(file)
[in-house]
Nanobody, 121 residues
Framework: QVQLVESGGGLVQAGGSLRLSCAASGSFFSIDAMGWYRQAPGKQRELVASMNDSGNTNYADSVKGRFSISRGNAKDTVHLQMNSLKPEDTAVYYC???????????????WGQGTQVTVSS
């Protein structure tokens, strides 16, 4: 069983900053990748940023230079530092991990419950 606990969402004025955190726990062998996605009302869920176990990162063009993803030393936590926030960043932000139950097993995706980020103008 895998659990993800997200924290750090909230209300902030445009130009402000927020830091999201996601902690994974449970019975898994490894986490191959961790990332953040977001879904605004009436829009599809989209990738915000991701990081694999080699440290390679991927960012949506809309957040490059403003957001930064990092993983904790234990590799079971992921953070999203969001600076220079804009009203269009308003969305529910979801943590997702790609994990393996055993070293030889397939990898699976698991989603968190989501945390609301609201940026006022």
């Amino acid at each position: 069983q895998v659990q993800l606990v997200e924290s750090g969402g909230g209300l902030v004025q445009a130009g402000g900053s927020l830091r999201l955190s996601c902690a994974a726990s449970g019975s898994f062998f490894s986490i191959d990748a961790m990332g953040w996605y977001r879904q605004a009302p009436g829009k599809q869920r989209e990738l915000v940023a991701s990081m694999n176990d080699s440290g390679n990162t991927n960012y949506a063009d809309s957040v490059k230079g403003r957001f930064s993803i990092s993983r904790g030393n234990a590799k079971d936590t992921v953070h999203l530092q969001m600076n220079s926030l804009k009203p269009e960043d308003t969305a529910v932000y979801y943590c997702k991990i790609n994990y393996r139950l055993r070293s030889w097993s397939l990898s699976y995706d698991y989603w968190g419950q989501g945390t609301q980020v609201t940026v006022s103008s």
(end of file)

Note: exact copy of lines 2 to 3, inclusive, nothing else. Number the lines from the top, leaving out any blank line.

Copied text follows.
Nanobody, 121 residues
Framework: QVQLVESGGGLVQAGGSLRLSCAASGSFFSIDAMGWYRQAPGKQRELVASMNDSGNTNYADSVKGRFSISRGNAKDTVHLQMNSLKPEDTAVYYC???????????????WGQGTQVTVSS